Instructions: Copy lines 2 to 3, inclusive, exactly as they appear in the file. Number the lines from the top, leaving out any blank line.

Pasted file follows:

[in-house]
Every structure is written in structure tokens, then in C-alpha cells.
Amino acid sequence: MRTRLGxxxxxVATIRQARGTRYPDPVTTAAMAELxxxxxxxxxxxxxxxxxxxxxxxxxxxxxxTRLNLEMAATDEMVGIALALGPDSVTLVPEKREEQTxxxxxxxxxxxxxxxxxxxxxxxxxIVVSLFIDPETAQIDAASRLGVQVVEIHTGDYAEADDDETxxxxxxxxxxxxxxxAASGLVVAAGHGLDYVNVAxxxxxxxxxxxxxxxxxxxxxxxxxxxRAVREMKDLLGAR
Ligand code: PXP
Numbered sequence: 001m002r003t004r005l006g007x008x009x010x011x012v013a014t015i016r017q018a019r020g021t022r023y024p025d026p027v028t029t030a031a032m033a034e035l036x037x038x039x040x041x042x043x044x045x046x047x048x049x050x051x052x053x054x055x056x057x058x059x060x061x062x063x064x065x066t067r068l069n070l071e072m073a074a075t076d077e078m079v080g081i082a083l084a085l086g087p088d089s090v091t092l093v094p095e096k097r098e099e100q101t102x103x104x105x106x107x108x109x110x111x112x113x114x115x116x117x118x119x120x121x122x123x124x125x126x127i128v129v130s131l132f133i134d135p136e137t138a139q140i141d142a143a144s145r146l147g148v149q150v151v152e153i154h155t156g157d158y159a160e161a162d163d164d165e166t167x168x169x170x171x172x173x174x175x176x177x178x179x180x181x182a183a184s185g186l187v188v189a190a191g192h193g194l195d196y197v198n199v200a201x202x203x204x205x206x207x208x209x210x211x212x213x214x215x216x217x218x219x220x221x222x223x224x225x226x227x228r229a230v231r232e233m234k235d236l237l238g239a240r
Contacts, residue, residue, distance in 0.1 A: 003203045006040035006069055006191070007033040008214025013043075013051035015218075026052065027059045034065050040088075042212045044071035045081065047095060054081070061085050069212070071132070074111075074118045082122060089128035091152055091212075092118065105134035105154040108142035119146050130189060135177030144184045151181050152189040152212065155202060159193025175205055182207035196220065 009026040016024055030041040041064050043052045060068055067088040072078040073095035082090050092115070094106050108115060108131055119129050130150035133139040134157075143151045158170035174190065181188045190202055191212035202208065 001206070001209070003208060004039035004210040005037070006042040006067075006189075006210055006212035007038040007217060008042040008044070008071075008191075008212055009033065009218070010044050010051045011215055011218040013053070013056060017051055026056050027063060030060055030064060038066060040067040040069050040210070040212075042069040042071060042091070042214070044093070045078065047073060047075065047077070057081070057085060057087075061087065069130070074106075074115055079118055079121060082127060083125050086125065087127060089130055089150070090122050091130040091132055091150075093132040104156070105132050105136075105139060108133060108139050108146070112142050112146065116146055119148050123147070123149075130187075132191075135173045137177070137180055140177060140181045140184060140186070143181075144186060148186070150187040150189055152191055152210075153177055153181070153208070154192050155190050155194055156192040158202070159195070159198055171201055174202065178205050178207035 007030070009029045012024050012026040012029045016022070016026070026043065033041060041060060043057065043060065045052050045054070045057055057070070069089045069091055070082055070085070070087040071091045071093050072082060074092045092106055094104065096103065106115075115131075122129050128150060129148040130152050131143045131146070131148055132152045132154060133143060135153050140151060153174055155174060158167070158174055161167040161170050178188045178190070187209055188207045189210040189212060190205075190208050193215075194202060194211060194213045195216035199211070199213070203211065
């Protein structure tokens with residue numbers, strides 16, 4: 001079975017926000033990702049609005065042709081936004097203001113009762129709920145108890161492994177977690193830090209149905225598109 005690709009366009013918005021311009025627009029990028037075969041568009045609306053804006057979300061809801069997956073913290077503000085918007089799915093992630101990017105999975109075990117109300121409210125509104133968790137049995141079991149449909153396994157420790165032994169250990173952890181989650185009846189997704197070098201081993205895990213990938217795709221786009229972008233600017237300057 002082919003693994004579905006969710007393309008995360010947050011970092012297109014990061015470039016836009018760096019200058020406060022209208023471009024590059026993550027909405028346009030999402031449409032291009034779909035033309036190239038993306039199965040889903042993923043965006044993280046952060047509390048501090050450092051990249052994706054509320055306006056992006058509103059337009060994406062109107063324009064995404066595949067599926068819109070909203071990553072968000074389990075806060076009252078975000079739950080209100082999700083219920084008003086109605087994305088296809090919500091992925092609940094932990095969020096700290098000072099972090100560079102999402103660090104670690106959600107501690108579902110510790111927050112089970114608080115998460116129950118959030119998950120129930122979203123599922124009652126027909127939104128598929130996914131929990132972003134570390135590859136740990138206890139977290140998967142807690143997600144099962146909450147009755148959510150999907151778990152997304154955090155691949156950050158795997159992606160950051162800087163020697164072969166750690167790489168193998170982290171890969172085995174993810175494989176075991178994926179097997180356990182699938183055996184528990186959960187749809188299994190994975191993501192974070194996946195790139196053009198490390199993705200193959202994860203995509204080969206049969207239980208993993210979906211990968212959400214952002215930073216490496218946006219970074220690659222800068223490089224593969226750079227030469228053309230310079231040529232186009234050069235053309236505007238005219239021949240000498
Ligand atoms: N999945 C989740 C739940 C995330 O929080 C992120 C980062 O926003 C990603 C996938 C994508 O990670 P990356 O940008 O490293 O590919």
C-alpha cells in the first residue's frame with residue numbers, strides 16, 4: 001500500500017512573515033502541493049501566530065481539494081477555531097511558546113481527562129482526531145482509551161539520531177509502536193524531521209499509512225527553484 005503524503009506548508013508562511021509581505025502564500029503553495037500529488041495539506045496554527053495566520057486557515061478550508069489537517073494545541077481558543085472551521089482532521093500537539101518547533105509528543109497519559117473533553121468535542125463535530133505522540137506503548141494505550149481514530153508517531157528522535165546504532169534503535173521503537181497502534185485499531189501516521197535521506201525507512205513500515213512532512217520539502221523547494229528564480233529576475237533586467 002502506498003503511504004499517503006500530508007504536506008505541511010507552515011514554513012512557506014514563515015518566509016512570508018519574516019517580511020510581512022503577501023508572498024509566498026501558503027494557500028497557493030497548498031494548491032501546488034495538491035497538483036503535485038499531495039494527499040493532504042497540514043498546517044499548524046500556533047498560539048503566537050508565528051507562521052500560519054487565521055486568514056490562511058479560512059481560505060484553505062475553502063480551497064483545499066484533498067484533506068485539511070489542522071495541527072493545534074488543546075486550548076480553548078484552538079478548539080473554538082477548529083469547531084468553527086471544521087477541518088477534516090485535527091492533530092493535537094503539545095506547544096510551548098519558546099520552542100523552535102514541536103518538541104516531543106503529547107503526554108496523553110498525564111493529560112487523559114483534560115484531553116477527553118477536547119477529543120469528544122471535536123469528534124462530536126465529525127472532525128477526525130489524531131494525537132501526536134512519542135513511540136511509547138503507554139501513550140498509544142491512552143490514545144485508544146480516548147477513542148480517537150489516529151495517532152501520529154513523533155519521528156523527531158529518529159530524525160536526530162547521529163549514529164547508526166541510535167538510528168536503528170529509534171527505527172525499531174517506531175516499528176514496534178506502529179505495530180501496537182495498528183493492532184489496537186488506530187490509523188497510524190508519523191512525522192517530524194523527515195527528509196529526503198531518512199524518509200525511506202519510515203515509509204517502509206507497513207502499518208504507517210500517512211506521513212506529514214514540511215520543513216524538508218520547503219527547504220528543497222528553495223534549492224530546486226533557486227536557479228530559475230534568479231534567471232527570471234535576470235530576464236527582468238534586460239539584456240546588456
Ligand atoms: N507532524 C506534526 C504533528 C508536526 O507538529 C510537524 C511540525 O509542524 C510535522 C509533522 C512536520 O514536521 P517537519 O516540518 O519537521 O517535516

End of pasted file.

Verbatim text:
Every structure is written in structure tokens, then in C-alpha cells.
Amino acid sequence: MRTRLGxxxxxVATIRQARGTRYPDPVTTAAMAELxxxxxxxxxxxxxxxxxxxxxxxxxxxxxxTRLNLEMAATDEMVGIALALGPDSVTLVPEKREEQTxxxxxxxxxxxxxxxxxxxxxxxxxIVVSLFIDPETAQIDAASRLGVQVVEIHTGDYAEADDDETxxxxxxxxxxxxxxxAASGLVVAAGHGLDYVNVAxxxxxxxxxxxxxxxxxxxxxxxxxxxRAVREMKDLLGAR